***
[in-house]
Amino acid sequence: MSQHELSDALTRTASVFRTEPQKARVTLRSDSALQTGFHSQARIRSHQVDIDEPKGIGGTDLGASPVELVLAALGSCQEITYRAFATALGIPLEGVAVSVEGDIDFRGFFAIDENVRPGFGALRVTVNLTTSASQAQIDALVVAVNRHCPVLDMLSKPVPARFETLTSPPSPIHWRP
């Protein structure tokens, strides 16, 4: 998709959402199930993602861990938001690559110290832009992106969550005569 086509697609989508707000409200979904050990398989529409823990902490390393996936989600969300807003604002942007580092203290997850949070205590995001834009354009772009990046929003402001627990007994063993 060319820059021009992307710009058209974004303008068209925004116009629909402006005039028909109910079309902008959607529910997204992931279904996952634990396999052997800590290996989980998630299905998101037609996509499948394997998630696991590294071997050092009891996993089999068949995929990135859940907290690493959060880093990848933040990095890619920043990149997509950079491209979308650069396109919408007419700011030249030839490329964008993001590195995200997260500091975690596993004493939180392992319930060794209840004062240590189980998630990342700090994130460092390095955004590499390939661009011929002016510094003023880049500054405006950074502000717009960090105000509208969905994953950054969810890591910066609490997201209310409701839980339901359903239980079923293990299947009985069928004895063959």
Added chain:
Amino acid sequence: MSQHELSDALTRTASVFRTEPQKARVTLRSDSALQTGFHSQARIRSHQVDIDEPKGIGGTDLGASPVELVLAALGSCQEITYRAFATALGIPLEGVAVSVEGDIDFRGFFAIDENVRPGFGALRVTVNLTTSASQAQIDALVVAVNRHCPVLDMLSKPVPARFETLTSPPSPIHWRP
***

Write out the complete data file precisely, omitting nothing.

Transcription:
[in-house]
Amino acid sequence: MSQHELSDALTRTASVFRTEPQKARVTLRSDSALQTGFHSQARIRSHQVDIDEPKGIGGTDLGASPVELVLAALGSCQEITYRAFATALGIPLEGVAVSVEGDIDFRGFFAIDENVRPGFGALRVTVNLTTSASQAQIDALVVAVNRHCPVLDMLSKPVPARFETLTSPPSPIHWRP
């Protein structure tokens, strides 16, 4: 998709959402199930993602861990938001690559110290832009992106969550005569 086509697609989508707000409200979904050990398989529409823990902490390393996936989600969300807003604002942007580092203290997850949070205590995001834009354009772009990046929003402001627990007994063993 060319820059021009992307710009058209974004303008068209925004116009629909402006005039028909109910079309902008959607529910997204992931279904996952634990396999052997800590290996989980998630299905998101037609996509499948394997998630696991590294071997050092009891996993089999068949995929990135859940907290690493959060880093990848933040990095890619920043990149997509950079491209979308650069396109919408007419700011030249030839490329964008993001590195995200997260500091975690596993004493939180392992319930060794209840004062240590189980998630990342700090994130460092390095955004590499390939661009011929002016510094003023880049500054405006950074502000717009960090105000509208969905994953950054969810890591910066609490997201209310409701839980339901359903239980079923293990299947009985069928004895063959």
Added chain:
Amino acid sequence: MSQHELSDALTRTASVFRTEPQKARVTLRSDSALQTGFHSQARIRSHQVDIDEPKGIGGTDLGASPVELVLAALGSCQEITYRAFATALGIPLEGVAVSVEGDIDFRGFFAIDENVRPGFGALRVTVNLTTSASQAQIDALVVAVNRHCPVLDMLSKPVPARFETLTSPPSPIHWRP